January 18, 2022

A career that runs like clockwork 82-year-old watch repairman keeps on ticking

BANGOR – There are some jobs that require just the right touch, something Andy Taber has learned during his 58 years in the watch repair business.

“You’ve got to know your work,” Taber said. “If you don’t know your work, you might as well leave it.”

At 82 years old, there’s not much about watches Taber doesn’t know. A master of the trade since 1946, Taber now owns Taber’s Watch Repair, a hole-in-the-wall shop located at 31 Central St., where he still works with his son Keith.

Taber’s is a throwback to the shops of the 1950s and ’60s, where you get one-on-one quality service, and no watch is ever turned away, something Taber is proud of.

“One lady came here and said, ‘I had to come to Taber’s Watch shop to get the red carpet treatment,'” Taber said.

Quality first is a business trait Taber learned at the Waltham School of Watchmaking in Waltham, Mass., where he enrolled in 1944.

After graduating from Bangor High School in 1940, Taber spent a few years working in a shoe factory before realizing he didn’t want to stand in front of a machine for eight hours a day for the rest of his life.

The war and the depression meant money was scarce, so Taber knew college was out. His father suggested going into the watch repair business, and soon afterward he enrolled at Waltham’s.

At school he learned that the wrong-size hands could ruin you for the watch business, and he found that his were just right for handling and fixing the fragile pieces of tiny clocks. Taber said the school’s strict teaching style made sure only students with the right touch made it through.

“You had to have it in you. If you didn’t, they’d just tell you, ‘You’re not suited for this,'” he said.

Flipping through old black-and-white photographs of his days in Waltham, Taber points out his old schoolmates and teachers (remembering most of their names) as he sits in his shop.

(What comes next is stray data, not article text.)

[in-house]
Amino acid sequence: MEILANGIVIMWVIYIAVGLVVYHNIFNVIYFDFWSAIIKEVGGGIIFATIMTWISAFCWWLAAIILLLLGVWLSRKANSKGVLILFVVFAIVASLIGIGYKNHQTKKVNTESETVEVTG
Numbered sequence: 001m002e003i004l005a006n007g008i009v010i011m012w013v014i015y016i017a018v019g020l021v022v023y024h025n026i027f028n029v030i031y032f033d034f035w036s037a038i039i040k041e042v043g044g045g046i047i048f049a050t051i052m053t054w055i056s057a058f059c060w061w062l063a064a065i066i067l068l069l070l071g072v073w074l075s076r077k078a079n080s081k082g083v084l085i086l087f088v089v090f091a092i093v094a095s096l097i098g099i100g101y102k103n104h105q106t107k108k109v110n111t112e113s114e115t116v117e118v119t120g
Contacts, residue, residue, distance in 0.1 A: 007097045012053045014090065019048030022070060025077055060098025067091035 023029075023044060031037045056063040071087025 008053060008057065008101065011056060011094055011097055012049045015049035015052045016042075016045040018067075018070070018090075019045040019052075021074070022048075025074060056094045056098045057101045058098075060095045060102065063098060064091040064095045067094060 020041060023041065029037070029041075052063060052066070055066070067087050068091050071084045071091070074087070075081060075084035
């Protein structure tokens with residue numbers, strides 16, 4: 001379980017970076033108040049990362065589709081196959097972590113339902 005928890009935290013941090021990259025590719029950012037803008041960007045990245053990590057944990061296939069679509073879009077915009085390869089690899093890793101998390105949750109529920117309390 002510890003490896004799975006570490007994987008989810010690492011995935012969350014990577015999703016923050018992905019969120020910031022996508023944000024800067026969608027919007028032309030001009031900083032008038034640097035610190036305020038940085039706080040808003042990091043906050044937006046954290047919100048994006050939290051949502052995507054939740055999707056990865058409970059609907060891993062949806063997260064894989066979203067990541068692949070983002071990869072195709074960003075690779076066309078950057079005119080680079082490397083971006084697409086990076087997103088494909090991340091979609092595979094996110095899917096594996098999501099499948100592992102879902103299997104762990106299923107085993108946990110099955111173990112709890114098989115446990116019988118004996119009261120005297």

Although he has turned a lot of the work over to his son, Taber shows no signs of giving up on the business he has run for about 50 years. He said his grandparents lived to be 103, and he’ll see if he can make it that far.

“I feel good,” he said.

His days begin with a glass of low-carb chocolate milk before heading to work late in the morning. He works at an old desk that he brought home with him after his days as a student at Waltham’s. The desk used to be a roll-top, but Taber has sawed and sanded it so he has a smooth flat surface to lay down the hundreds of minuscule parts and tools that go into watch repair.

At Taber’s, you can bring your watch in for a cleaning, or to get a part such as a crown, crystal, stem or spring fixed or replaced. Taber knows all the tricks of the trade, such as resting his elbows below the desk rather than on top, or putting just the right amount of pressure on the tweezers so a part doesn’t go flying across the room.

“You’ve got to like your work,” Taber said. “It’s irritating sometimes … when you lose a part here on the floor and you can’t find it. But it’s a good trade. The good thing about this trade is, if you’re going to get a red slip, it’s from yourself.”

Taber said he has seen a lot of changes in the watch business over the years, starting from back in the days when wristwatches were new.

“Back then it was mostly pocket watches. Wristwatches came out during the first world war, and anybody seen wearing a wristwatch was called a sissy,” Taber said with a laugh, pointing to his own wristwatch, a Japanese model that someone had thrown away before Taber found it and got it running again.

He also owns a pocket watch, one of the first ever produced in the United States, he says.

A Bangor native, Taber keeps track of time not just by his watch but by his memories. His stories of the Bangor he grew up in make the Queen City sound like an old Wild West town. He remembers the time Al Brady, public enemy No. 1, and his gang were shot by FBI agents on Oct. 12, 1937, on Central Street, just a few feet from Taber’s shop.

“It was Columbus Day, oh it was cold,” Taber said. He remembers hearing the sound of a gun and running with other people on the street to the scene. At one point, he said, someone shot a bullet that went through the window of Johnson’s barbershop, which used to sit opposite Taber’s.

“That was a close shave,” Taber said.

The Bangor Daily News is profiling people age 70 and older who choose to remain in the work force. We welcome suggestions for people to profile. Contact us at 990-8138 or e-mail bdnnews


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